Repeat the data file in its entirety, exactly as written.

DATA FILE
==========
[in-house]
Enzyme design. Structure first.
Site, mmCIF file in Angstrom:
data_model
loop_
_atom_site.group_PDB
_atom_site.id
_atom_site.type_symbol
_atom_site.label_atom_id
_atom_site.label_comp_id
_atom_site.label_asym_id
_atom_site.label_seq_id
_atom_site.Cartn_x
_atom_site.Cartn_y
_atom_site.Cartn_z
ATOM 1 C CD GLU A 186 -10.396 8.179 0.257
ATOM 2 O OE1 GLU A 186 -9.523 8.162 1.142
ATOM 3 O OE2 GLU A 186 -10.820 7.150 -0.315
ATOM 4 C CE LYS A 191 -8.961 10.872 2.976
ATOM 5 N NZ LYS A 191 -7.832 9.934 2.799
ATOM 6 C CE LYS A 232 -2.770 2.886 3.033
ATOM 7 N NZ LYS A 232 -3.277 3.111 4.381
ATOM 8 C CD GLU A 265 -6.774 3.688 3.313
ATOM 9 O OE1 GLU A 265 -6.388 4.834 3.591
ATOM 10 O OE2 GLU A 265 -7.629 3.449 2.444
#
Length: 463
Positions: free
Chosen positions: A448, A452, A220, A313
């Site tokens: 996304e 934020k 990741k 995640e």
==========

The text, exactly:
[in-house]
Enzyme design. Structure first.
Site, mmCIF file in Angstrom:
data_model
loop_
_atom_site.group_PDB
_atom_site.id
_atom_site.type_symbol
_atom_site.label_atom_id
_atom_site.label_comp_id
_atom_site.label_asym_id
_atom_site.label_seq_id
_atom_site.Cartn_x
_atom_site.Cartn_y
_atom_site.Cartn_z
ATOM 1 C CD GLU A 186 -10.396 8.179 0.257
ATOM 2 O OE1 GLU A 186 -9.523 8.162 1.142
ATOM 3 O OE2 GLU A 186 -10.820 7.150 -0.315
ATOM 4 C CE LYS A 191 -8.961 10.872 2.976
ATOM 5 N NZ LYS A 191 -7.832 9.934 2.799
ATOM 6 C CE LYS A 232 -2.770 2.886 3.033
ATOM 7 N NZ LYS A 232 -3.277 3.111 4.381
ATOM 8 C CD GLU A 265 -6.774 3.688 3.313
ATOM 9 O OE1 GLU A 265 -6.388 4.834 3.591
ATOM 10 O OE2 GLU A 265 -7.629 3.449 2.444
#
Length: 463
Positions: free
Chosen positions: A448, A452, A220, A313
């Site tokens: 996304e 934020k 990741k 995640e």